A lot of water has flowed under the bridge since then, but whereas Polish influence receded, Russia’s only grew stronger. The dominance of the Russian language and of Russian electronic and print media in Belarus is inescapable. Yet, despite being entirely within the same Russian information space, the two societies, Belarusian and Russian, are in fact diverging, however slowly. The extensive 2015-2016 multi-national survey of the Pew Research Center, labeled “Religious Belief and National Belonging in Central and Eastern Europe,” showed that whereas half of Russians from 18 to 34 years of age bemoan the breakup of the Soviet Union, in Belarus only one-third do. Incidentally, the largest share of those nostalgic for the USSR is not even in Russia but in Armenia (74%), now surrounded by hostile or not particularly friendly powers. Compare this situation with Belarus, the only post-Soviet country that controls all of its own land and has no territorial conflicts with its neighbors. The same survey also revealed that whereas 58% of Russians and 58% of Georgians praise Joseph Stalin, only 26% of Belarusians do so. On the contrary, only 22% of Russians appreciate Mikhail Gorbachev, but as many as 36% of Belarusians have warm words for the father of Perestroika. This is not a dramatic, but a meaningful and healthy divergence of attitudes.
In late August, charges were filed against three citizens of Belarus, under arrest since December 2016, for inciting inter-ethnic animosity. All three published articles in Russia’s “patriotic” media outlets, like Regnum, in which they allegedly denigrated Belarusians, their identity, and language. It is far from certain that the transgressions attributed to these individuals warrant criminal prosecution, but previously only Western- leaning opponents of official Minsk were labeled as being part of a “fifth column.” Apparently, attitudes are shifting.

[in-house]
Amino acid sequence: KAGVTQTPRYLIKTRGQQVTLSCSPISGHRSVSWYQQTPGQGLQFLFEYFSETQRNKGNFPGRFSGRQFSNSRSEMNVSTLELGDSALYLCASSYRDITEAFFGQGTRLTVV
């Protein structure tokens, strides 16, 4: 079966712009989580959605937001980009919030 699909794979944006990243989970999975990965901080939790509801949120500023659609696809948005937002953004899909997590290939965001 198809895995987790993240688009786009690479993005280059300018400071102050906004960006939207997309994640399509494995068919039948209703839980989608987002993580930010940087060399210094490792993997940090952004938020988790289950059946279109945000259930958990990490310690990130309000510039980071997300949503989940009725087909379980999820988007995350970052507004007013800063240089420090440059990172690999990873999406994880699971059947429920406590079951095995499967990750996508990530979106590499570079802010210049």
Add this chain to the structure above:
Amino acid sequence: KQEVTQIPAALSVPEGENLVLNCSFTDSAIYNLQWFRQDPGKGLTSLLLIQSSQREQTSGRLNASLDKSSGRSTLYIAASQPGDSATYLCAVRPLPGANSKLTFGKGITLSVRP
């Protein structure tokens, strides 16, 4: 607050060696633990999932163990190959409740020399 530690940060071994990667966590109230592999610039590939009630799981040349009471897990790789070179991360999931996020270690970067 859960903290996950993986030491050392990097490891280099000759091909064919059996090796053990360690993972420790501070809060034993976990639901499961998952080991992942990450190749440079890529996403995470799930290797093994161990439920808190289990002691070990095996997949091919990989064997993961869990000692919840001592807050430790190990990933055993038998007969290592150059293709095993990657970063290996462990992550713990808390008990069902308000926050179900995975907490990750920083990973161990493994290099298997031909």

In these changing times, what is the most talked-about issue in Belarus depends entirely on whom you ask. When in his August 13 interview with a Russian TV channel, Alexander Lukashenko described his “soulful” attitude to the Russian language; some opposition-minded Belarusian analysts expressed disapproval and talked about it obsessively for some time. Interestingly, Valer Karbalevich, the author of a very critical biography of the Belarusian leader, opined that on language Lukashenko acts like a normal politician who appeals to majority preferences in order to win public support. Moreover, “Lukashenko builds a nation from what is available. He appeals to mythology that exists in public consciousness, and that is his forte.”
Apparently, dedication to Russian is not enough for some “patriotic” pundits from our neighboring country. The Russian media has been full of talk that Belarus’s foreign minister Vladimir Makei is somehow a Nazi sympathizer because he praised the controversial book “History of Latvia” during a meeting at the Latvian embassy. In August, Regnum.ru devoted two publications to that issue; less than a week later, Regnum demanded that Belarus follow the recommendation of President Vladimir Putin and channel the refined oil products it manufactures from Russian crude through Russia’s Baltic seaports instead of Lithuanian and Latvian ones. Putin’s directive worries Belarusian analysts, too. It remains to be seen how and whether Belarus will escape this measure, which does not seem to be cost-effective and would damage its ties with Western neighbors.
In the meantime, ordinary Belarusians are preoccupied with price hikes, the cost of utilities in particular, and with the menace of unemployment. According to a recent survey conducted in Mogilev, Belarus’s third-largest city and a regional capital, these concerns are shared by 61.6, 45.5, and 42.6 percent of respondents respectively. In contrast, only 7.4, 9.9, 10.8, and 12.8 percent are concerned about delayed payments for work, crime, interethnic relations, and the gap between rich and poor.
While prices and unemployment concern people all over the world, the four latter indicators clearly point to Belarus’s orderliness. That is exactly what impresses Russian travelers the most. After crossing into Belarus in her own vehicle in early August, Maria Kucherova, a Russian education expert, was stunned by the abundance of storks walking around, by the lack of abandoned farmland, by forests cleared from deadfall, and by the absence of thickets of giant hogweed along the local roads. “To the people who can groom every piece of land and defeat hogweed on road shoulders, I would entrust my own children,” exclaimed Kucherova.
Kudos to Ms. Kucherova for putting her feelings into words so eloquently. Belarus is an orderly, hospitable, and beautiful country that the world needs to learn more about. It is more sovereign and self-confident today than at any time in its long history.
By Dr.Grigory loffe